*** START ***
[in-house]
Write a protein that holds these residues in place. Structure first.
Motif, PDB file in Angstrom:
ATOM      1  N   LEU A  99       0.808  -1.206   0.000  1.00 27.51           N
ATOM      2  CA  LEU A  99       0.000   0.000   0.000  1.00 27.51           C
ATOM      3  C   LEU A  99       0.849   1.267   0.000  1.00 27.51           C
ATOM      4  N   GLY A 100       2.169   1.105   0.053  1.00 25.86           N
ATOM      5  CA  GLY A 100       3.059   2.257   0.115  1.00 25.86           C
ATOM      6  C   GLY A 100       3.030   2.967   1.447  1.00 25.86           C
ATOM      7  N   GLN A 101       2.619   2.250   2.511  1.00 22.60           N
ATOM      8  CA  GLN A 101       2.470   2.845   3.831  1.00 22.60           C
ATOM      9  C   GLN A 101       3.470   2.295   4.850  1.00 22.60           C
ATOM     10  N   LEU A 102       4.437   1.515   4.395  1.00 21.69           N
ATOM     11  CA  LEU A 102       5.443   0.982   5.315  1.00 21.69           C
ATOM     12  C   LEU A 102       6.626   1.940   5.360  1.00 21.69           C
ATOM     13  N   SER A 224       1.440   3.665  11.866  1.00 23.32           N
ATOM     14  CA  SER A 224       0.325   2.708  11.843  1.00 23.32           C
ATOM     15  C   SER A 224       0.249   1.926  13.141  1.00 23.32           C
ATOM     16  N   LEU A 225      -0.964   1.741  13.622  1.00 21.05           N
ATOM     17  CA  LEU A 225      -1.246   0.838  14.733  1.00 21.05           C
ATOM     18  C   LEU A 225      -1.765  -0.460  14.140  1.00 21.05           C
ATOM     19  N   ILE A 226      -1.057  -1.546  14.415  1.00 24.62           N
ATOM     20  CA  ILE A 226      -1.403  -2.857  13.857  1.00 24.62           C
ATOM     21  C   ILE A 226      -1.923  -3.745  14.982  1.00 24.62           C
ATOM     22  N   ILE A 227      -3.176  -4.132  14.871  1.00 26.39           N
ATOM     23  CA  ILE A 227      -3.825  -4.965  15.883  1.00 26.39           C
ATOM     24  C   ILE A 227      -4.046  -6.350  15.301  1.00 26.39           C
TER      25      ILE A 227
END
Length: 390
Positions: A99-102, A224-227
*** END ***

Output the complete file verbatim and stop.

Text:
[in-house]
Write a protein that holds these residues in place. Structure first.
Motif, PDB file in Angstrom:
ATOM      1  N   LEU A  99       0.808  -1.206   0.000  1.00 27.51           N
ATOM      2  CA  LEU A  99       0.000   0.000   0.000  1.00 27.51           C
ATOM      3  C   LEU A  99       0.849   1.267   0.000  1.00 27.51           C
ATOM      4  N   GLY A 100       2.169   1.105   0.053  1.00 25.86           N
ATOM      5  CA  GLY A 100       3.059   2.257   0.115  1.00 25.86           C
ATOM      6  C   GLY A 100       3.030   2.967   1.447  1.00 25.86           C
ATOM      7  N   GLN A 101       2.619   2.250   2.511  1.00 22.60           N
ATOM      8  CA  GLN A 101       2.470   2.845   3.831  1.00 22.60           C
ATOM      9  C   GLN A 101       3.470   2.295   4.850  1.00 22.60           C
ATOM     10  N   LEU A 102       4.437   1.515   4.395  1.00 21.69           N
ATOM     11  CA  LEU A 102       5.443   0.982   5.315  1.00 21.69           C
ATOM     12  C   LEU A 102       6.626   1.940   5.360  1.00 21.69           C
ATOM     13  N   SER A 224       1.440   3.665  11.866  1.00 23.32           N
ATOM     14  CA  SER A 224       0.325   2.708  11.843  1.00 23.32           C
ATOM     15  C   SER A 224       0.249   1.926  13.141  1.00 23.32           C
ATOM     16  N   LEU A 225      -0.964   1.741  13.622  1.00 21.05           N
ATOM     17  CA  LEU A 225      -1.246   0.838  14.733  1.00 21.05           C
ATOM     18  C   LEU A 225      -1.765  -0.460  14.140  1.00 21.05           C
ATOM     19  N   ILE A 226      -1.057  -1.546  14.415  1.00 24.62           N
ATOM     20  CA  ILE A 226      -1.403  -2.857  13.857  1.00 24.62           C
ATOM     21  C   ILE A 226      -1.923  -3.745  14.982  1.00 24.62           C
ATOM     22  N   ILE A 227      -3.176  -4.132  14.871  1.00 26.39           N
ATOM     23  CA  ILE A 227      -3.825  -4.965  15.883  1.00 26.39           C
ATOM     24  C   ILE A 227      -4.046  -6.350  15.301  1.00 26.39           C
TER      25      ILE A 227
END
Length: 390
Positions: A99-102, A224-227